Sri Lanka survived a shocking mid-innings slump and a threatening 66-run partnership between Younis Khan and Misbah-ul-Haq to ease to a 19-run win in their first game of the Super Eights at Lord's. Chasing a modest 151 - after Sri Lanka were shackled by some superb bowling from the spinners - Pakistan's fight was led by their captain, who made a well-paced 50, but three wickets in eight balls, including those of Younis and Shahid Afridi, sunk the chase.
Sri Lanka haven't had much success against Pakistan in important limited-overs games, but here they held their nerve well when it mattered most. The momentum was clearly with Pakistan when the teams trooped off at the break - they had only conceded 70 in the last 12 after leaking 80 in the first eight - but the Sri Lankans shrugged off that lethargy when they returned, bowling with accuracy and venom, and fielding with a vigour that justified their rating as the best fielding team in the subcontinent.
Angelo Mathews did the early damage, and after five overs Pakistan had only scored 33 compared to Sri Lanka's 59. Pakistan, though, have made a habit of starting slowly and then scoring an insane amount of runs towards the end, and it seemed Younis and Misbah were well on their way to another rearguard rescue mission with their cool and unruffled approach. They began slowly, but Younis, especially, ran the singles cleverly, before upping the pace with some powerful sweeps off Murali.
Fifty-two were needed off the last five, when the screws fell off. Misbah pulled straight to deep midwicket, Afridi, quite recklessly, slogged his first ball to same area. When Younis fell to one of several superb slower deliveries from Lasith Malinga, the chase, which had looked so promising minutes earlier, was suddenly over. The end of the match was disappointing for Pakistan, for they had recovered in style from a shocking start in the field.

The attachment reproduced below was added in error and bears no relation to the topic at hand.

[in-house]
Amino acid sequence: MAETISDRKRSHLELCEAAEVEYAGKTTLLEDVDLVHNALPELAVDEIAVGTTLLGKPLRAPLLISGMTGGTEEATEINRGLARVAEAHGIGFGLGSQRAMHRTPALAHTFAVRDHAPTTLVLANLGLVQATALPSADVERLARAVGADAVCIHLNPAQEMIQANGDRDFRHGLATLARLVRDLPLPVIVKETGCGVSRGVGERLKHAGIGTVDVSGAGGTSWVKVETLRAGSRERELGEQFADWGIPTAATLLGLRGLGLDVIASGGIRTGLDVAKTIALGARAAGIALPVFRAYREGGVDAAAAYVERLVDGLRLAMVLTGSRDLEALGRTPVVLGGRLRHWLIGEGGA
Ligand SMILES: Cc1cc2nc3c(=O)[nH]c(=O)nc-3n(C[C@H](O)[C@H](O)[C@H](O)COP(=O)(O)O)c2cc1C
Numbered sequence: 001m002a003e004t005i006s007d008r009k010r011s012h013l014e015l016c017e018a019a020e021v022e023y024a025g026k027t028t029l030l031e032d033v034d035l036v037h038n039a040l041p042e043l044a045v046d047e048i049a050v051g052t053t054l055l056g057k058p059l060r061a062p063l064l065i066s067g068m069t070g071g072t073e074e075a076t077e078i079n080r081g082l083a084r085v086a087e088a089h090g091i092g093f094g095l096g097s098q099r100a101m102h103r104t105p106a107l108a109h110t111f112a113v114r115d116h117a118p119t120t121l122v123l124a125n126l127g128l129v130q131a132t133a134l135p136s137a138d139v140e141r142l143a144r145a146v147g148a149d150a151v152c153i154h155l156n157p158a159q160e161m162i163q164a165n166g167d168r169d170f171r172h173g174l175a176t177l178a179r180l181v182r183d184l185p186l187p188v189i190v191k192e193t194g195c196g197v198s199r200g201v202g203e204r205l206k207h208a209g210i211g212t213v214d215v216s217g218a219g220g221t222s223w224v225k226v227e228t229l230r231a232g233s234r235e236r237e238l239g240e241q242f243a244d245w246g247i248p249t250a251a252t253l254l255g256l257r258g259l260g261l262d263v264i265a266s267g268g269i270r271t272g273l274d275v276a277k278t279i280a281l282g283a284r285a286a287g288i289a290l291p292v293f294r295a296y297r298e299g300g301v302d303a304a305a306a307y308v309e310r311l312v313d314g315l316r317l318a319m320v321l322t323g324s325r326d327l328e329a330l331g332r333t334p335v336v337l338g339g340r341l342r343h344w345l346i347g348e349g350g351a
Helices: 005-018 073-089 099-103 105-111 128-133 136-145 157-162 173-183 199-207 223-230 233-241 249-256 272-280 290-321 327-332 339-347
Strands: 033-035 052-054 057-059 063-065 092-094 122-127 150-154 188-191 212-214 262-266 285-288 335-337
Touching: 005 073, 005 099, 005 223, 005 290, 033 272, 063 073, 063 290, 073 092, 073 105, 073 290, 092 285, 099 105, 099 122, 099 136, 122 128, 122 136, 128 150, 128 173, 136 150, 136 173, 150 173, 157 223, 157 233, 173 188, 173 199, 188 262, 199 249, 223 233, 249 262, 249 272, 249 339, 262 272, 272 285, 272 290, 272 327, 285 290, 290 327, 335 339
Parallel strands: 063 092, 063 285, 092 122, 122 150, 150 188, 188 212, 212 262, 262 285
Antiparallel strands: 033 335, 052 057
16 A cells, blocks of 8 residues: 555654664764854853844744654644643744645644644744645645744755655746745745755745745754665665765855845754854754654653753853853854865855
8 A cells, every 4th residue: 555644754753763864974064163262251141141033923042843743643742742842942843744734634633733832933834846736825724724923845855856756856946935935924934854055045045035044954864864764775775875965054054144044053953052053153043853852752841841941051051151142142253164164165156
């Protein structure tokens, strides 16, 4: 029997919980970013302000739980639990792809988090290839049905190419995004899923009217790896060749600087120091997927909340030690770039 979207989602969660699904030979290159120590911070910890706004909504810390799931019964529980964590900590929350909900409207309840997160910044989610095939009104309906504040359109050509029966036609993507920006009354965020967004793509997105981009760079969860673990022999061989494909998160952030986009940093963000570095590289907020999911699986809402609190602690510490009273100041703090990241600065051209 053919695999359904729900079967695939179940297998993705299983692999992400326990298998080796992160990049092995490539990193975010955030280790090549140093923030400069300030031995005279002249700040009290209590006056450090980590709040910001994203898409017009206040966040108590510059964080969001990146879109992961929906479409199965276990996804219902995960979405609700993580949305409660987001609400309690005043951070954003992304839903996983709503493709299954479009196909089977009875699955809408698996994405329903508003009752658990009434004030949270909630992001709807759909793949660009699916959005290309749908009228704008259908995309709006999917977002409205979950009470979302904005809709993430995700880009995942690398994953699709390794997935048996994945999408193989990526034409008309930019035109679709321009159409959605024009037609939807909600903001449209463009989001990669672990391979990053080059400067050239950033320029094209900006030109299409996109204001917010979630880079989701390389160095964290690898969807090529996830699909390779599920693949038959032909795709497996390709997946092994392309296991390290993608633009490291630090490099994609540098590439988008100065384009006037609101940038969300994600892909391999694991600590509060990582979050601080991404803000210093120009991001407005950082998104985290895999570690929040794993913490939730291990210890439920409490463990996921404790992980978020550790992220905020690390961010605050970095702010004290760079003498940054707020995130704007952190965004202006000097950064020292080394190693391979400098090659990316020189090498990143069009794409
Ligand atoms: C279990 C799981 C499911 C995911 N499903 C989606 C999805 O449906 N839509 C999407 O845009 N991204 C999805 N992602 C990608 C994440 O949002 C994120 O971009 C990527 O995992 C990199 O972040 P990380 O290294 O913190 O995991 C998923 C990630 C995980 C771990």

Sri Lanka's total owed plenty to their two openers, and the manner in which they started suggested they'd post a score of around 200. Dilshan and Jayasuriya, aided by Tanvir's extreme generosity, powered the team to 59 in five overs. Pakistan's start was sloppy even by their modest standards. Tanvir started with a no-ball, and by the time his first over was done, he'd added three wides and another no-ball to that tally. The batsmen, meanwhile, made merry: both openers eased drives through the covers as the first over leaked 18.
That was the launching pad for more heroics, as Dilshan uncorked his favourite scoop over the wicketkeeper, and Jayasuriya played his trademark shot as well - the short-arm pull for six. Younis didn't trust his spinners in the Powerplays, and Sri Lanka's openers relished pace on the ball, driving into the gaps forcefully or scooping and nudging delicately. On a quick outfield, both were equally profitable.
Afridi then led the rescue mission, denying the batsmen room, and varying his pace and length cleverly to suddenly stifle the innings. In his second over, he shackled the batsmen to just one run in his first five balls, and then forced a miscue from Jayasuriya; in his next over, Dilshan was beaten by the length, and the innings fell away completely.
Sri Lanka's problems with the lower order then resurfaced, as Sangakkara and Jayawardene fell after getting starts, and the rest struggled. Pakistan, meanwhile, had tightened considerably: Umar Gul offering no freebies, Saeed Ajmal and Shoaib Malik showing excellent control, and with the fielding getting sprightly up as well, Sri Lanka had no weak link to attack. The last five overs yielded only two fours, and it seemed Sri Lanka had lost the plot after a magnificent start. In the end, though, the lack of runs in the final overs only kept Pakistan in the hunt a little longer, and reduced Sri Lanka's margin of victory.